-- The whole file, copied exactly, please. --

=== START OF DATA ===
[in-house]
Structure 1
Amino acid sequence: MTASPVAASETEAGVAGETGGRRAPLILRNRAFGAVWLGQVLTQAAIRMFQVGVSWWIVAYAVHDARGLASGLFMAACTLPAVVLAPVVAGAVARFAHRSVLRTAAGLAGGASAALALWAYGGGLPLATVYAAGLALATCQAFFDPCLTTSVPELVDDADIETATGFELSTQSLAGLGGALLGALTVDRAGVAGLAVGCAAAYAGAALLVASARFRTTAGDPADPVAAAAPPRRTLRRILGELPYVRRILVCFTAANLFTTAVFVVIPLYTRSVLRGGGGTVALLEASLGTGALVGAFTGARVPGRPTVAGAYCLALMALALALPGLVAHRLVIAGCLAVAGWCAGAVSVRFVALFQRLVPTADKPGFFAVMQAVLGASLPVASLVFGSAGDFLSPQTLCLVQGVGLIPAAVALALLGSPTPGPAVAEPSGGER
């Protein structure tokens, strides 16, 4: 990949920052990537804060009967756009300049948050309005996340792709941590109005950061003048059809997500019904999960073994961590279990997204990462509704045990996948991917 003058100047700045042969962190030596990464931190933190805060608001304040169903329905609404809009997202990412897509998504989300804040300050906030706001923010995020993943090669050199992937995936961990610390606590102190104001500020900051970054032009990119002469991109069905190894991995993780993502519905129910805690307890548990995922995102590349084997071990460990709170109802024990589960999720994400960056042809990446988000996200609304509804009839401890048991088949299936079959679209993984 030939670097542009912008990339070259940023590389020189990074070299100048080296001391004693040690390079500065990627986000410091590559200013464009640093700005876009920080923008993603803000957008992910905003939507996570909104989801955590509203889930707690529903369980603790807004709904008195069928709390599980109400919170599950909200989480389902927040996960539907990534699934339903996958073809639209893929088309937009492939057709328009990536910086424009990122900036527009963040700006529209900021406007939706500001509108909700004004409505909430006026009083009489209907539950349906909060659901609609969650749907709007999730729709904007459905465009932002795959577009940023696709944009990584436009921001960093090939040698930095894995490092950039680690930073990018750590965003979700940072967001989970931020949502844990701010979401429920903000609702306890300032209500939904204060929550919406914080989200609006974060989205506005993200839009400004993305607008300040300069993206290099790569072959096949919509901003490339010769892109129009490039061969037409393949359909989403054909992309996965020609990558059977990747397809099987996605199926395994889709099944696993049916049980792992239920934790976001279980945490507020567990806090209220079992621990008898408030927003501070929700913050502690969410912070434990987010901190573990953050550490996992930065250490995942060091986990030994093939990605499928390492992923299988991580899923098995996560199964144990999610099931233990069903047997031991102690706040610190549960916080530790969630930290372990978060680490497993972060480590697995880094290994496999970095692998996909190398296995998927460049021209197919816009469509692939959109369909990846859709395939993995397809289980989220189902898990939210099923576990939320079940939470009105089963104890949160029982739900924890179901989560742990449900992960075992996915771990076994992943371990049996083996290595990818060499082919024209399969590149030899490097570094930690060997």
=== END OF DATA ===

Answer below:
[in-house]
Structure 1
Amino acid sequence: MTASPVAASETEAGVAGETGGRRAPLILRNRAFGAVWLGQVLTQAAIRMFQVGVSWWIVAYAVHDARGLASGLFMAACTLPAVVLAPVVAGAVARFAHRSVLRTAAGLAGGASAALALWAYGGGLPLATVYAAGLALATCQAFFDPCLTTSVPELVDDADIETATGFELSTQSLAGLGGALLGALTVDRAGVAGLAVGCAAAYAGAALLVASARFRTTAGDPADPVAAAAPPRRTLRRILGELPYVRRILVCFTAANLFTTAVFVVIPLYTRSVLRGGGGTVALLEASLGTGALVGAFTGARVPGRPTVAGAYCLALMALALALPGLVAHRLVIAGCLAVAGWCAGAVSVRFVALFQRLVPTADKPGFFAVMQAVLGASLPVASLVFGSAGDFLSPQTLCLVQGVGLIPAAVALALLGSPTPGPAVAEPSGGER
């Protein structure tokens, strides 16, 4: 990949920052990537804060009967756009300049948050309005996340792709941590109005950061003048059809997500019904999960073994961590279990997204990462509704045990996948991917 003058100047700045042969962190030596990464931190933190805060608001304040169903329905609404809009997202990412897509998504989300804040300050906030706001923010995020993943090669050199992937995936961990610390606590102190104001500020900051970054032009990119002469991109069905190894991995993780993502519905129910805690307890548990995922995102590349084997071990460990709170109802024990589960999720994400960056042809990446988000996200609304509804009839401890048991088949299936079959679209993984 030939670097542009912008990339070259940023590389020189990074070299100048080296001391004693040690390079500065990627986000410091590559200013464009640093700005876009920080923008993603803000957008992910905003939507996570909104989801955590509203889930707690529903369980603790807004709904008195069928709390599980109400919170599950909200989480389902927040996960539907990534699934339903996958073809639209893929088309937009492939057709328009990536910086424009990122900036527009963040700006529209900021406007939706500001509108909700004004409505909430006026009083009489209907539950349906909060659901609609969650749907709007999730729709904007459905465009932002795959577009940023696709944009990584436009921001960093090939040698930095894995490092950039680690930073990018750590965003979700940072967001989970931020949502844990701010979401429920903000609702306890300032209500939904204060929550919406914080989200609006974060989205506005993200839009400004993305607008300040300069993206290099790569072959096949919509901003490339010769892109129009490039061969037409393949359909989403054909992309996965020609990558059977990747397809099987996605199926395994889709099944696993049916049980792992239920934790976001279980945490507020567990806090209220079992621990008898408030927003501070929700913050502690969410912070434990987010901190573990953050550490996992930065250490995942060091986990030994093939990605499928390492992923299988991580899923098995996560199964144990999610099931233990069903047997031991102690706040610190549960916080530790969630930290372990978060680490497993972060480590697995880094290994496999970095692998996909190398296995998927460049021209197919816009469509692939959109369909990846859709395939993995397809289980989220189902898990939210099923576990939320079940939470009105089963104890949160029982739900924890179901989560742990449900992960075992996915771990076994992943371990049996083996290595990818060499082919024209399969590149030899490097570094930690060997």